Erin Shirreff. Hank Willis Thomas. Sarah Anne Johnson. Gauri Gill. These are just some of the artists who have won the AIMIA | AGO Photography Prize over the past decade. Each of them was part of a major award, unique in Canada—one where Canadian and international artists competed and exhibited side-by-side, with final winner decisions made by a free public vote.
But no more names will be added to the AIMIA | AGO winners’ list moving forward. This week—the same week that last year saw a heralded announcement of the prize shortlist—an AGO spokesperson confirmed that 2017 was the prize’s final year. The spokesperson said there was no comment available on the matter, but indicated that a major symposium and publication accompanying the 2017 edition served as a suitable capstone to the endeavour.
When the prize launched in 2008—then known as the Grange Prize—it was part of a burgeoning field of art-related prizes in Canada. In 2000, major annual prizes for artists in Canada were few, with the publicly funded Governor General’s Awards in Visual and Media Arts dominating the scene.
Then, with the advent of the Sobey Art Award in 2002, a variety of new, often more privately funded, prizes entered the national arts landscape. These included the addition of a national prize for the RBC Canadian Painting Competition in 2004 and the inception of the Kingston Prize for Portraiture in 2005. In 2007, keeping pace, the Sobey Award switched from biannual to annual. In 2008, there was the Grange launch, and in 2010, there was the kickoff of the Scotiabank Photography Award (for senior-level Canadian artists). More recently, there was the 2015 launch of the Emerging Digital Arts Award with EQ Bank and the Salt Spring National Art Prize. Over recent years, the Hnatyshyn Foundation also expanded the range of awards it offered, and as the prize field grew, organizations like the Sobey and others increased prize monies significantly—in some cases doubling them. Also this past year, the Scotiabank New Generation Photography Award was created.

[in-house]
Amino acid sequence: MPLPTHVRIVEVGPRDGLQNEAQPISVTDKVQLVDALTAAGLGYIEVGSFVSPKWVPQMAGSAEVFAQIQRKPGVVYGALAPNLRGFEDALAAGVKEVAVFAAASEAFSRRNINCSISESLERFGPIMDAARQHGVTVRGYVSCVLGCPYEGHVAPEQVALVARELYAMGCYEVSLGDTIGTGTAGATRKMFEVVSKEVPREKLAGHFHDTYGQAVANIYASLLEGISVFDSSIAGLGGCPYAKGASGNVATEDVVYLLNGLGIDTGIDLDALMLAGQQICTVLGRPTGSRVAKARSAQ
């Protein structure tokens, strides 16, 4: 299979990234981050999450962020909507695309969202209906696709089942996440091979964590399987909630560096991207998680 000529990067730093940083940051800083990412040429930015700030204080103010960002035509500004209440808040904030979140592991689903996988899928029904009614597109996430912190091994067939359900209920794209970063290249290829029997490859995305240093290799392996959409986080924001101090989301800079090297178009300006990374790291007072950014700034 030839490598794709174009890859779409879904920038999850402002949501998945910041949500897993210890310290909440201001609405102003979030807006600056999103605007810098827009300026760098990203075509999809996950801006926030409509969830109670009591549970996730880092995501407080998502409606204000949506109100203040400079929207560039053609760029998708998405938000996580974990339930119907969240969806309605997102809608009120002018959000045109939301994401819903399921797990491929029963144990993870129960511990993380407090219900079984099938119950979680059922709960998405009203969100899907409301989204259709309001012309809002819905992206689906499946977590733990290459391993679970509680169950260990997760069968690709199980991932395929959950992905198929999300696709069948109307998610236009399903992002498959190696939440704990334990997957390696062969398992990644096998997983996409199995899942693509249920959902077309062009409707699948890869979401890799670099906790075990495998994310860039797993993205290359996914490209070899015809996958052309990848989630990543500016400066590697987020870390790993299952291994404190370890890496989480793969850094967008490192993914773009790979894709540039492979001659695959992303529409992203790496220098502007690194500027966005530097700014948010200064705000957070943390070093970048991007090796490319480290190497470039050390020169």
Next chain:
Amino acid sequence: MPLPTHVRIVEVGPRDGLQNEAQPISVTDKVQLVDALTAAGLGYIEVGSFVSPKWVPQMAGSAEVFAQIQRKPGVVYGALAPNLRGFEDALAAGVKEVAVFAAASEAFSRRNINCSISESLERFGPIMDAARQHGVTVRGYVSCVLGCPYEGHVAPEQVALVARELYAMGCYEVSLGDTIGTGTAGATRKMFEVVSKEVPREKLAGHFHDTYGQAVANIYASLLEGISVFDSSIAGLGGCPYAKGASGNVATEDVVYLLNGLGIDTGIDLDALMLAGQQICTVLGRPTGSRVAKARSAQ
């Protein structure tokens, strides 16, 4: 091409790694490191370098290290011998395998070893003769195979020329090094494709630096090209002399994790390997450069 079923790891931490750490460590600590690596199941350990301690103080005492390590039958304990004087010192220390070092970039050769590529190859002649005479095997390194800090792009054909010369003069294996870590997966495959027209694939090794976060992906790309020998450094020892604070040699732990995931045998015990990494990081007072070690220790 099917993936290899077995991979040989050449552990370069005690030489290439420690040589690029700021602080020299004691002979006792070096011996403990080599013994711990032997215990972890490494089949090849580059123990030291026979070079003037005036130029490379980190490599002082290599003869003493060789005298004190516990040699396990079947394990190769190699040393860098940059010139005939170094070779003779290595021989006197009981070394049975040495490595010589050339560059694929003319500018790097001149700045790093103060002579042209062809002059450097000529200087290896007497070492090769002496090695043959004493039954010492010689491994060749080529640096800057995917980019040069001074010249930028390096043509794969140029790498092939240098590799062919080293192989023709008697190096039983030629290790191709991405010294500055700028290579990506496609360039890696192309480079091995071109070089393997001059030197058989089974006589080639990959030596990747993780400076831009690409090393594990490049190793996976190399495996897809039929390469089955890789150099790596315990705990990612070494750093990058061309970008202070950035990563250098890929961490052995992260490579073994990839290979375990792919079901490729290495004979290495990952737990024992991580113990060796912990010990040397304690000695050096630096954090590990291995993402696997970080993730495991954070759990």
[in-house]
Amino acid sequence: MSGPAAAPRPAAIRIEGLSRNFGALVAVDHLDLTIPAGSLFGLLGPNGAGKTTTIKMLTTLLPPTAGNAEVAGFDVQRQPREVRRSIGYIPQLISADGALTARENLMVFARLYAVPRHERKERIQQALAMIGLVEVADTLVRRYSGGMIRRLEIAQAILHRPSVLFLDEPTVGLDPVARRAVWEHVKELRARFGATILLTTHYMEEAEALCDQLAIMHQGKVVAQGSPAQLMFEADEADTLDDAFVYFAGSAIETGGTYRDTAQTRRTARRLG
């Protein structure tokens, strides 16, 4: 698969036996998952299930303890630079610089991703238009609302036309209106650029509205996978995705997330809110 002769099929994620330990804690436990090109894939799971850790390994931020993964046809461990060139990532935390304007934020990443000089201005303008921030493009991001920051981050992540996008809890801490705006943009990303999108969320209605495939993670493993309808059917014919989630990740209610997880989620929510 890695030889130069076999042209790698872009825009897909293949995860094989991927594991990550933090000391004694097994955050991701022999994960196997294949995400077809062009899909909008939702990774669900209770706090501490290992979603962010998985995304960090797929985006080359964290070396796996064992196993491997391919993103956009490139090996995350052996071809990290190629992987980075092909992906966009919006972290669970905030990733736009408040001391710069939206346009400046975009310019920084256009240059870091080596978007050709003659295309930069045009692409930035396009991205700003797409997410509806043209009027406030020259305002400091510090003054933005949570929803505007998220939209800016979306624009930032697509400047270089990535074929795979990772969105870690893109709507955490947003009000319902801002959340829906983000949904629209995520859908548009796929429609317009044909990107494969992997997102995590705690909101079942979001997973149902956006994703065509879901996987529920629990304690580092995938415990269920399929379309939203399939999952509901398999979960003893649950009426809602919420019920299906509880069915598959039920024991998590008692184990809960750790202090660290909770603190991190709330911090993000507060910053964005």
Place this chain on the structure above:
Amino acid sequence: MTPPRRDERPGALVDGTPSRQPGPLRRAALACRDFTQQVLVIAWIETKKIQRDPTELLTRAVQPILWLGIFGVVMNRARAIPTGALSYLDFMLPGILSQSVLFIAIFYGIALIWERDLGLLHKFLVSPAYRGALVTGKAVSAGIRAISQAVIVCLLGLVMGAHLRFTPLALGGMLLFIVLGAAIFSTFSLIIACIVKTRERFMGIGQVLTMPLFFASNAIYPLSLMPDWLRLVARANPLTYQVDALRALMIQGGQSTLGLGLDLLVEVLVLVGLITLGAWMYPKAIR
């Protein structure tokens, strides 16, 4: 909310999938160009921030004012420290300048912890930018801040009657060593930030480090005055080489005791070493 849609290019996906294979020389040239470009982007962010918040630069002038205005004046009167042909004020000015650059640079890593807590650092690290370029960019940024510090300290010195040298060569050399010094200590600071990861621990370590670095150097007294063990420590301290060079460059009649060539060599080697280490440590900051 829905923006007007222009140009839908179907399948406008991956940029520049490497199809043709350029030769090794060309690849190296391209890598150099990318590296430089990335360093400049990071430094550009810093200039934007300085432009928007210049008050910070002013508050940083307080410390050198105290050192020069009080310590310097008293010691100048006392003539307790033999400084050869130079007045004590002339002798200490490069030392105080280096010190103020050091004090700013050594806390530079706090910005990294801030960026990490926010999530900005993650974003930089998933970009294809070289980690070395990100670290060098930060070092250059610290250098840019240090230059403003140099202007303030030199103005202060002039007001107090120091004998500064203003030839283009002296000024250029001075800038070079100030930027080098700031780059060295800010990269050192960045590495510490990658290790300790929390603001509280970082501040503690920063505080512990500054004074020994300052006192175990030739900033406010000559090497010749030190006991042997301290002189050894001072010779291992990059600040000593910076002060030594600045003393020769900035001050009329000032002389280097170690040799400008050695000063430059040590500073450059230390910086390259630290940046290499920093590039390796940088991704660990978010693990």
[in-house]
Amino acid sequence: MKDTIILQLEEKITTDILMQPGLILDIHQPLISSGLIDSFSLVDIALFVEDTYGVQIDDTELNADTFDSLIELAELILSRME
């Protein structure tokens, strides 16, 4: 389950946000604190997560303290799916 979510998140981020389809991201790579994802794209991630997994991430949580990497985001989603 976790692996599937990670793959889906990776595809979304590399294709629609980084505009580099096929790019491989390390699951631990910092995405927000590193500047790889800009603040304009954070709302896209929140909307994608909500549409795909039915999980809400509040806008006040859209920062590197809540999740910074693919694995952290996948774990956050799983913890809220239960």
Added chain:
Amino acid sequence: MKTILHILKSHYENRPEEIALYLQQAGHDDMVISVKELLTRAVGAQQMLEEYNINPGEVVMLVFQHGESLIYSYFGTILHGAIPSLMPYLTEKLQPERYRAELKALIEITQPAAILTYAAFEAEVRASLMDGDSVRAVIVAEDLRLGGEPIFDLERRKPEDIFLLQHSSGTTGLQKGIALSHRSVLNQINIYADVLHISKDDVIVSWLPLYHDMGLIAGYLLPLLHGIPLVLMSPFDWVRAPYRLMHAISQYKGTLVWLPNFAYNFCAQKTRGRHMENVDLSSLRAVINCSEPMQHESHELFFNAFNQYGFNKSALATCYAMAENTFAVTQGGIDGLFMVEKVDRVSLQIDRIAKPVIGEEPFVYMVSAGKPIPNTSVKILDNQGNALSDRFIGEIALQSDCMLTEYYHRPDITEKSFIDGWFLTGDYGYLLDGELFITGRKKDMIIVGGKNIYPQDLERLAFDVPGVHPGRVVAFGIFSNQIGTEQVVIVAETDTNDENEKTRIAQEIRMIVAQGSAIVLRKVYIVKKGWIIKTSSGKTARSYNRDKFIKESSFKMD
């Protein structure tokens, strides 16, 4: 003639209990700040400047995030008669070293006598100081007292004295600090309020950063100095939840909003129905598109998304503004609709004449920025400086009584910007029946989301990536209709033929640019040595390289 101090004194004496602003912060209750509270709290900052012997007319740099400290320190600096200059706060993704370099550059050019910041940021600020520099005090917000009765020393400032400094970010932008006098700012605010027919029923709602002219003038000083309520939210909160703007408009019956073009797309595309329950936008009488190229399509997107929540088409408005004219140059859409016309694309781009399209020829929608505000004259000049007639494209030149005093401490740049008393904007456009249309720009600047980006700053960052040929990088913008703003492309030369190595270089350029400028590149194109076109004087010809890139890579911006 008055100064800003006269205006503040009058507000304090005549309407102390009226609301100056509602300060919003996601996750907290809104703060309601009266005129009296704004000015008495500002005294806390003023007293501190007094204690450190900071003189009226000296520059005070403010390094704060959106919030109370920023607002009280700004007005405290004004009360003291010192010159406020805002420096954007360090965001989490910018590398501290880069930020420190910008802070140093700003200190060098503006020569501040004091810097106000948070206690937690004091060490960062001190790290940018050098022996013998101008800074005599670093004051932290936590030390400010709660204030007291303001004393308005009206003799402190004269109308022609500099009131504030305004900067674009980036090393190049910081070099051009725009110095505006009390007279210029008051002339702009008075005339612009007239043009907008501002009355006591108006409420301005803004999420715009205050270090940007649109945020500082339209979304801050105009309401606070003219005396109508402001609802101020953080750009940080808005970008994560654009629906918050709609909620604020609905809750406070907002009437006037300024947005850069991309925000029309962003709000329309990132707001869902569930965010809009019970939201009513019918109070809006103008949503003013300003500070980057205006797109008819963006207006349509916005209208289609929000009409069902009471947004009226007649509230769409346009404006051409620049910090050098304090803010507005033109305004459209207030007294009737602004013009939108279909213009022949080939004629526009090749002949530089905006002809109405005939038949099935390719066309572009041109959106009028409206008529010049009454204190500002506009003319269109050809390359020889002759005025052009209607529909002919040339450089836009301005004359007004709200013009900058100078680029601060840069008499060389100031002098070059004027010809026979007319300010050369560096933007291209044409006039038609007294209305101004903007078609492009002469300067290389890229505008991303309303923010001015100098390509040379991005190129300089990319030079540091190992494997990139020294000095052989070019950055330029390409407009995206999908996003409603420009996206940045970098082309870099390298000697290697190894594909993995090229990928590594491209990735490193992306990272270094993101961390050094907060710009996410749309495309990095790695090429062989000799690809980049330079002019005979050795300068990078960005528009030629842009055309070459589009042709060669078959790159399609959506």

Granted, the AIMIA | AGO Photography Prize, as it became known in 2013, isn’t the first privately sponsored visual arts prize from that emergent field to be terminated. The RBC Emerging Artist People’s Choice Award, which was co-produced with the Gardiner Museum, seems to have also wound down after 2015; it, like AIMIA | AGO, was a prize decided by popular vote.
While there was emphasis in the early and mid-2000s on the benefits that could accrue for museums and public galleries by collaborating with corporate sponsors on prizes, the ending of the AIMIA | AGO Photograhy Prize is also perhaps a chance to reflect on the limitations of depending upon corporate funding in the arts. The Grange Prize became the AIMIA | AGO Prize at a time when AIMIA was ramping up acquisitions overseas, having just acquired a Mexican loyalty points program and soon to acquire a Spanish one. A few years prior, it acquired a leading UK business in this area. The photo prize, at that time, aligned with the company’s international vision. But in 2017, AIMIA was informed that a key partner, Air Canada, was dropping out of a deal. In February 2018, it ended up selling Nectar, the UK company it had acquired long ago. With the company in transition and likely looking to sell, the AIMIA | AGO Photography Prize is an art event now lost, too, in the corporate shuffle.
Though an AGO spokesperson said that the prize ending was mentioned on social media last year, AGO | AIMIA Photography Prize Facebook page is still up, with no such mention visible.
This article was corrected on August 2, 2018. The original stated that Aeroplan, not Air Canada, was a key partner in the deal AIMIA was looking to make recently.